• Auditors report the tax exemption led to an increase in jobs as intended
  • Proponents say the bill incentivizes work opportunity that would not occur otherwise

By Cameron Sheppard

WNPA News Service

The Washington state House of Representatives will consider a 10-year extension of tax exemptions for repairs and modification to large private airplanes owned by nonresidents after the Senate voted 47 to 1 in favor of Senate Bill 6068 on Feb. 18.

A policy enacted in 2013 exempted the sales of labor and services for the repair, cleaning and altering of qualified planes from the state’s sales and use tax. The policy also allows planes staying in the state for more than a year for the purpose of repair not to have to pay to register the planes with the state Department of Transportation.

A tax preference performance report conducted by legislative auditors determined that the tax exemption promotes economic development as it was intended to do. The report indicated that since the enactment of the exemption, nonresidents began bringing plane modification work to the state.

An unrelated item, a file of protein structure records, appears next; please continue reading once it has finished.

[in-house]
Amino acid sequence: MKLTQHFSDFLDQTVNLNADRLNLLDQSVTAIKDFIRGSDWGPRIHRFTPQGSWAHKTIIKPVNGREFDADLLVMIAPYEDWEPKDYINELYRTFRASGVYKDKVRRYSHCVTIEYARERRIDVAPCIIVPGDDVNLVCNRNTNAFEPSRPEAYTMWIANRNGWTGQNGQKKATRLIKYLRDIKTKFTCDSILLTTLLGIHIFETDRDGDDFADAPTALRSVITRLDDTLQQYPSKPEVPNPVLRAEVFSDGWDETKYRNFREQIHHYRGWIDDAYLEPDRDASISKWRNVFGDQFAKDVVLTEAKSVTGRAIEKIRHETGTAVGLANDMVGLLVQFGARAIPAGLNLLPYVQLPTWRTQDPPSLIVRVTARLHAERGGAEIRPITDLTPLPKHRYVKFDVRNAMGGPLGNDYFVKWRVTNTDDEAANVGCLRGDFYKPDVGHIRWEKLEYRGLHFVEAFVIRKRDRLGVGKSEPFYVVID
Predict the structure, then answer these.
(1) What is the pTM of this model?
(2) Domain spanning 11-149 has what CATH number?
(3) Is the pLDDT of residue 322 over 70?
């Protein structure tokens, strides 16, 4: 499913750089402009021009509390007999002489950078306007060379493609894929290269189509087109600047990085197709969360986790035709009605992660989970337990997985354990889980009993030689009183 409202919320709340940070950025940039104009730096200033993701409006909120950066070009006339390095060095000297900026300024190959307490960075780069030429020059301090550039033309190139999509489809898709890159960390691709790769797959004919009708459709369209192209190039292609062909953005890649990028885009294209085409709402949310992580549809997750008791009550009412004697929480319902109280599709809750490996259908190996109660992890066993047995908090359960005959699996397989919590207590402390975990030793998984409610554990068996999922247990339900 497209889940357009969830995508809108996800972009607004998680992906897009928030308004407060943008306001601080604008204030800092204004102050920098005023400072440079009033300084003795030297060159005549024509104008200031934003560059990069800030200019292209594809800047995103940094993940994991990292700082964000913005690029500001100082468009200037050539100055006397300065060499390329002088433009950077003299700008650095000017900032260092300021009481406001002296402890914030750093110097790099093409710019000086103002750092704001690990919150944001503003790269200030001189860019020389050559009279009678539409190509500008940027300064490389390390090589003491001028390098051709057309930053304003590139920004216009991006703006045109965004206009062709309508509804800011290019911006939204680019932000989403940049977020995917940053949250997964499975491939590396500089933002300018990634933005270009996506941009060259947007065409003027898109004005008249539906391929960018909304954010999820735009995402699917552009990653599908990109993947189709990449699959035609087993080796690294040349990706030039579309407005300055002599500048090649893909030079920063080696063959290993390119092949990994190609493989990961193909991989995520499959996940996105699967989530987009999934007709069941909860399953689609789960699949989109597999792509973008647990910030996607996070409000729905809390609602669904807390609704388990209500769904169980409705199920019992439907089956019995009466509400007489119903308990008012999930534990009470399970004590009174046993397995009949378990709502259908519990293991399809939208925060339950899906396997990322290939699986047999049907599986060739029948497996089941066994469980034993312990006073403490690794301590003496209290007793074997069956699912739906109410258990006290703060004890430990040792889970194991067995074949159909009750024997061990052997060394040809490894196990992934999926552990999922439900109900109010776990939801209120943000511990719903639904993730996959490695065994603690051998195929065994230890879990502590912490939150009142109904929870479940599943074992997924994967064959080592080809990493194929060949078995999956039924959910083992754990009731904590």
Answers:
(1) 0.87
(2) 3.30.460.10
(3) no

The bill’s prime sponsor, Sen. Judy Warnick, R-Moses Lake, said she can verify that the exemption does create good jobs in Moses Lake and other communities.

According to Keenan Konopaski, legislative auditor, the policy is reported to have had a net-positive effect on state revenues, as it created business and positive economic influence that would not exist without the incentive.

Dennis Weirich of Aviation Technical Services in Moses Lake, testified to the Senate Ways & Means Committee in support of the extension on Jan. 21. Weirich said there are very few companies that offer the advanced services that his team can offer.

“There are only four or five companies in the world that do what we do, and I like to think we do it better,” said Weirich. “These mechanics out there are the most skilled out there in the world.”

The report also found that the exemption had negligible impact on promoting growth on the broader aerospace manufacturing industry in the state, a goal that was outlined in the original implementation of the policy.

Weirich said Aviation Technical Services has 38 people employed and is preparing to bring on five more. He said the company offers good pay for the area, with health care and 401(k) benefits.

“It makes a difference to a lot of the folks in Moses Lake,” Weirich said.

The bill is scheduled for a hearing in the House Finance Committee on Feb. 25.

If not extended, the exemption will expire July 1, 2021.